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Potential First-time home buyer?

I am 20 years old and am trying to prioritize my life and plan for my future. Step 1, I've established a savings account that I contribute to out of every paycheck. I have bad credit, am a little bit in the hole, but I'm working on that. I have not yet owned my own home, but I want to. I am currently considering my options for making the smartest decision on what the first move I make should be. Should I rent-to-own, or try to get pre-approved from a bank, despite my credit? What else would be a good option?

6 Answers

  • 1 decade ago
    Favorite Answer

    Rent to own is very risky and I wouldn't recommend it unless you're prepared to lose the property and have the money you paid simply be rent. The owner could go through foreclosure, or you could find yourself unable to get financing when the time comes to purchase.

    At 20 years old, are you really prepared to purchase a home? There are some 20 year olds who are ready... but not the majority. You need to have good credit, money saved for the down payment and closing costs + an emergency fund that will stay intact, you need to have a steady employment history, and you need to be prepared to live in the same place for 5-7 years.

    I would honestly suggest renting an affordable place for the time being, while you continue improving your credit, get all your debt paid off, and continue saving. Renting is beneficial because it can give you an idea of what you really "need" and "want" in a home. Renting allows you to move around if needed. Many people think that owning is cheaper than renting, but this usually isn't the case unless you find a really cheap property in good condition. When you own, you'll pay your monthly payment which includes: principle, interest, taxes, insurance, and pmi (if you put down less than 20%). You're also responsible for all of the maintenance and repair costs... which could be minimal the first few years ( a few hundred a year) or you could be hit with a major problem and end up replacing the plumbing, roof, electrical, etc. Would you have a few thousand dollars for these fixes? You also typically have higher utility bills with a home (although this depends on the size, insulation, energy efficiency, etc.) I am a big fan of home ownership... for those that are ready and who want to own. However, you shouldn't rush into the process. Start reading books on first-time home buying to educate yourself on the process and start looking into neighborhoods and school districts. Even though you likely don't have children right now... if it's a possibility for the future, the school district is a big deal (this is also really beneficial for resale). Good luck to you.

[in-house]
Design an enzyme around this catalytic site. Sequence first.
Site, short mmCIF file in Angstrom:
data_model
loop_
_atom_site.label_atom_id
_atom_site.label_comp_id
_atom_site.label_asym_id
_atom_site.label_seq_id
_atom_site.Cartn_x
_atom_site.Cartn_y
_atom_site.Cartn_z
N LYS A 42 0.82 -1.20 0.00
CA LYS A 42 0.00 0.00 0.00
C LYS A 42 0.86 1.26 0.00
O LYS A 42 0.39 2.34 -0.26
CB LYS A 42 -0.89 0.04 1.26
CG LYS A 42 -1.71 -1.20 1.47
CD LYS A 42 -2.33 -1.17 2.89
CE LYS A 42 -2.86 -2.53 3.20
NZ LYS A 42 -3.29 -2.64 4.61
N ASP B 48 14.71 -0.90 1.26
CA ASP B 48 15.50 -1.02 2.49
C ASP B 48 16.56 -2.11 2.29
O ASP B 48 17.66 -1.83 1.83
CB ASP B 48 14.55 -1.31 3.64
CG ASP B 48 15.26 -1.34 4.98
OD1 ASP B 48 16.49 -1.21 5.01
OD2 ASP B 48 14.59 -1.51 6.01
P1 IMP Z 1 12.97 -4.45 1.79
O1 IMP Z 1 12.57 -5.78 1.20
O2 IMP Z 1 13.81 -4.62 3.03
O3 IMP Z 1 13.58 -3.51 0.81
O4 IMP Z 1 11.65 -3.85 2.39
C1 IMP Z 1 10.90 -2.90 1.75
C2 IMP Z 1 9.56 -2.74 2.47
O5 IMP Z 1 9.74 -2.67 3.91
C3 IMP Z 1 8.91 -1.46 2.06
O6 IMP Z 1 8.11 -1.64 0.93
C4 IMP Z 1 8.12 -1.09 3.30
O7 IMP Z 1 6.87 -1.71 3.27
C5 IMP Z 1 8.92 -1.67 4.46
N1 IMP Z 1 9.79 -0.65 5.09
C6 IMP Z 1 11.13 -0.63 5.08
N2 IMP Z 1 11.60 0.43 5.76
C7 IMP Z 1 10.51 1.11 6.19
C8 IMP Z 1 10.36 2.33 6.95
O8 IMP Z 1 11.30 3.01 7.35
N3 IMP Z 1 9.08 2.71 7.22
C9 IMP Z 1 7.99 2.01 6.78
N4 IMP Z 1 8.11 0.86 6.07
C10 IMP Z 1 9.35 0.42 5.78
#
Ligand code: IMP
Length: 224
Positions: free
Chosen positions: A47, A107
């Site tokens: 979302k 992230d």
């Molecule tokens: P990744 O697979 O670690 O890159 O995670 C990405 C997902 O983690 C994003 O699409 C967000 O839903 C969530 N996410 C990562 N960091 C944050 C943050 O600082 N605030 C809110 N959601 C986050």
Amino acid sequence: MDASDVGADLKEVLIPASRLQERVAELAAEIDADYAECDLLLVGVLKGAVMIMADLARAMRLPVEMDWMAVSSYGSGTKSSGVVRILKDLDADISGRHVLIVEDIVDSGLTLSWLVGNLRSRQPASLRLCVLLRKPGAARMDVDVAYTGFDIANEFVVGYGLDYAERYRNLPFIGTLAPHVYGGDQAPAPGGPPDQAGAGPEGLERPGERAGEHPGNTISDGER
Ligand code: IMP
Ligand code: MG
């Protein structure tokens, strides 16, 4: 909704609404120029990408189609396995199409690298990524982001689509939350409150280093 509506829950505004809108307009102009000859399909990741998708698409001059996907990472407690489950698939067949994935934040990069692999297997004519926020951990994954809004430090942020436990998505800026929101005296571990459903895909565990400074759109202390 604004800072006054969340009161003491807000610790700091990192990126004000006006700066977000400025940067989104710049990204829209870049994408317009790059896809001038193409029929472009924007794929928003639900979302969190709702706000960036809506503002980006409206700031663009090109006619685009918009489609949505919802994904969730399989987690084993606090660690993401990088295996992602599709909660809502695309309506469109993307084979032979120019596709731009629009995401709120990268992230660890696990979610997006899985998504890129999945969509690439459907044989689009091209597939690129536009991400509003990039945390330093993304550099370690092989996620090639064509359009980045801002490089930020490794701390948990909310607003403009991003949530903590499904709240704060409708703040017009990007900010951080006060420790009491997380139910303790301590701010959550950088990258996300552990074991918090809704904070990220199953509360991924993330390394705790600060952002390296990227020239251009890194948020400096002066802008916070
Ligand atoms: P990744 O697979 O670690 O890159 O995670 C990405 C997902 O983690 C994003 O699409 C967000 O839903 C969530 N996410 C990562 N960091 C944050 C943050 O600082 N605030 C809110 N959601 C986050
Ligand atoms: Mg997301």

• ?
    Lv 7
    1 decade ago

    Your best option is to continue to rent, clean up your credit, continue to put money away in the savings account and in 2-3 years when you have an established work record,increased salary and at least 20% for a down payment then you can start looking for a small house(not a condo) to buy. Do not try to rush into a major purchase like a home until you are properly prepared or you will end up like many that have lost their homes and savings to foreclosure. Also NEVER consider a rent to own situation! Good Luck

  • Anonymous
    1 decade ago

    My advice would be to continue to rent and save as much money as possible, without too much disruption to your social life. It is important to still enjoy yourself.

    Are you able to move back home for a short period of time? This would allow you to save on rent and sort out your credit situation.

    I would avoid doing the 'rent to own'. From my readings you would be paying a lot more for a property with this method.

    I would aim for a 15 to 20 per cent deposit. It may take you a few more years, but it will be worth it.

    Best of luck!

  • Anonymous
    1 decade ago

    To recieve the first time home buyer credit, it must be your primary residence, however, I know there are some exceptions for miliary personnel. I would consult a tax accountant or check the IRS website at IRS.GOV. as many questions are answered on that web site. Also to qualify you must not have owned a home in the last 3 years.

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  • 1 decade ago

    It's completely ok to rent.

    In your 20s a lot of things change - career choices, relationship choices, locations, etc.

    In 8-10 years when you know where your life is going, you can consider purchasing a home. If that is something you still want to do.

  • 1 decade ago

    just wait - u r too young

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